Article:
From her home in Florence, Alabama to the top of Machu Picchu, sophomore Emily Duncan has seen enough of the world to know that she wants to be outdoors embracing it. Duncan is a landscape architecture and landscape contracting major, and after spending a summer learning the ropes in her hometown's landscape architecture business, hopes to one day create outdoor living spaces of her own design.
Sophomore Madeline Easter credits the introductory events hosted by CALS for drawing her across college lines and encouraging her to double-major in the College of Agriculture and Life Sciences' landscape architecture and landscape contracting as well as the College of Business' management. Easter says that she looks forward to jumping into the job market and seeing all the opportunities opened to her by Mississippi State.
Madelyn Eisgruber's appreciation for food began right in her hometown of Powder Springs, Georgia. Eisgruber shared that her father was a lover of all things healthy and ensured that every meal the family shared was well-balanced. As she grew, so too did the shared appreciation for health and nutrition, which lead her to majoring in food science, nutrition and health promotion at MSU. She even had the opportunity to experience European nutrition standards as part of her study abroad experience. Still, Eisgruber plans to take her love of food and health right back home and invest in her community as a clinical dietitian.
Senior agribusiness major, Alexandria Ferrante, is fascinated by the interconnectedness of the College of Agriculture and Life Sciences. "The fashion and merchandising majors study very different things than the agribusiness majors, but the raw materials of both our industries are exactly the same. CALS is so diverse but we're all from the same family," Ferrante said. Ferrante hopes to continue this study of interconnectedness as she moves into law school, where agriculture will intersect through her interest in environmental law.
Donovan Gordon is a man of many interests, and MSU's College of Agriculture and Life Sciences has opportunities for each of them. A biochemistry major, Spanish minor, and dreams of earning a business degree after graduation, Gordon has gotten to prepare himself for his future in a number of different ways. In preparation for medical school, Gordon took a research position in the metamemory and cognitive studies lab, and the Olive Branch native will likely put both his Spanish minor and future business degree to good use when he opens his own rural medicine clinic.
Franklin, Tennessee native Hannah Gordon is the perfect example of a dedicated animal and dairy sciences major concentrating in pre-veterinary science. She has done an internship at the Nashville Zoo, where she cared for and trained animals such as parrots, snakes, birds of prey, opossums, and porcupines. "The internship allowed me first-hand experience not only in the care of these animals but also in how impactful they are through their role of educating the public," Gordon said. After veterinary school, the senior hopes to move back to Nashville and begin practicing as a mixed-animal veterinarian, which would position her caring for an array of animals, including even exotic ones!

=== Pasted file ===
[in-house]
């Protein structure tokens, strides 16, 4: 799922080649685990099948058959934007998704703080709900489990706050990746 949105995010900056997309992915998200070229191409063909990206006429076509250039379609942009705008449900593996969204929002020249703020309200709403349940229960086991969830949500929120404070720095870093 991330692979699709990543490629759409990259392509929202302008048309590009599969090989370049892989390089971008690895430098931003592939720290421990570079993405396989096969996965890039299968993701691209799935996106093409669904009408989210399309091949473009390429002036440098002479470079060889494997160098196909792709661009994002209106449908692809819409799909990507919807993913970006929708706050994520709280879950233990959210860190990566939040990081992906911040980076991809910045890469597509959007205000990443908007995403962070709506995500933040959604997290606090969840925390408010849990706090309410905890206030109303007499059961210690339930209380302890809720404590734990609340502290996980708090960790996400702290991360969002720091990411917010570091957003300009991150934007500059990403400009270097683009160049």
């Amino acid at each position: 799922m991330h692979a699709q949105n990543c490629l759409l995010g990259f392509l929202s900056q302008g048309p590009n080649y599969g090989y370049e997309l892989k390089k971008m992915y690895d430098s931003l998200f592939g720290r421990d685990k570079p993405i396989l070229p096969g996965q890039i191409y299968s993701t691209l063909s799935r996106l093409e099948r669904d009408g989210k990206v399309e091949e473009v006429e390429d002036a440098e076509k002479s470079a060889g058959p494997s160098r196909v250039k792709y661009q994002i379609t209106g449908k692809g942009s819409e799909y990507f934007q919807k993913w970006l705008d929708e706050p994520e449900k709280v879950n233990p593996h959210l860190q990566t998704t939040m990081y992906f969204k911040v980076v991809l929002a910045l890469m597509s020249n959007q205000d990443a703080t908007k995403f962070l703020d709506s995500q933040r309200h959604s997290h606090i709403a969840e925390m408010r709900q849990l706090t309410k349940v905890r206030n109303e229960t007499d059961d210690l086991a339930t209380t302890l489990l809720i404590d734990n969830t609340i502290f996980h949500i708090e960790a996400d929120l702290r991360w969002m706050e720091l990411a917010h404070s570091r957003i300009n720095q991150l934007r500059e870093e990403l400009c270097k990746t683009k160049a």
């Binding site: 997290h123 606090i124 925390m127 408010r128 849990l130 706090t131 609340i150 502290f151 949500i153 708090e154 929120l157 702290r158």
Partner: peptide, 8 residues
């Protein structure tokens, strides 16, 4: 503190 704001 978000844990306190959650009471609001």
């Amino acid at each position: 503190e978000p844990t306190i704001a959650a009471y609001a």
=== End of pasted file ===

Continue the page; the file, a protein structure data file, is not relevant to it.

Though she started by growing a pineapple over the summer, it's cotton seed that Rachel Hill, a sophomore agronomy and biochemistry double-major from Gates, Tennessee, dreams of developing. Hill already has some experience searching for a way to give producers the upper-hand, thanks to the research she's done in CALS, a study focused on understanding how the soil microbiome can be used to increase farmers' yields. Her concentrations in integrated crop management and plant pathology help lead her closer to her dream.
Though Gabbey Hobbs is just one of thousands of Mississippi State students, she says that her position in the College of Agriculture and Life Sciences has never once made her feel like she's just one of the thousands. "CALS is special because I know every faculty member wants me to succeed and will do anything to ensure that I do. They know my name, and they know my face, and that's very important to me," Hobbs said. The biochemistry major hails from Little Rock, Arkansas and hopes to become a neonatal surgeon, where she's already dipping her feet into research by helping to develop targeted therapies for vascular calcification.
Madalyn Jennings came to MSU ready to study animal and dairy science, but after a poultry science class opened her mind up to the wonders of poultry, the Folsom, Louisiana native sought help from CALS to determine her future. CALS said, Why not both? Now, Jennings is double majoring in animal and dairy science and poultry science, with a passion for breeding and production on both fronts. Jennings hopes to one day own her own livestock company, but regardless, she says that she seeks to evolve the livestock world for more efficient and ethical breeding.
Ainsley Jessup, a sophomore from Mahomet, Illinois, went from soloing her way across Lucas Oil Stadium in Indianapolis as a part of her high school marching band to rubbing elbows with students of food science and professionals in the field at the AFA Food Institute in Chicago, Illinois. The food science, nutrition and health promotion major says that she hopes to share with prospective students the vast array of opportunities available to them through CALS, and once she's graduated, she hopes to use the opportunities she's taken advantage of to propel her through graduate school and eventually to her own lab as a food microbiologist.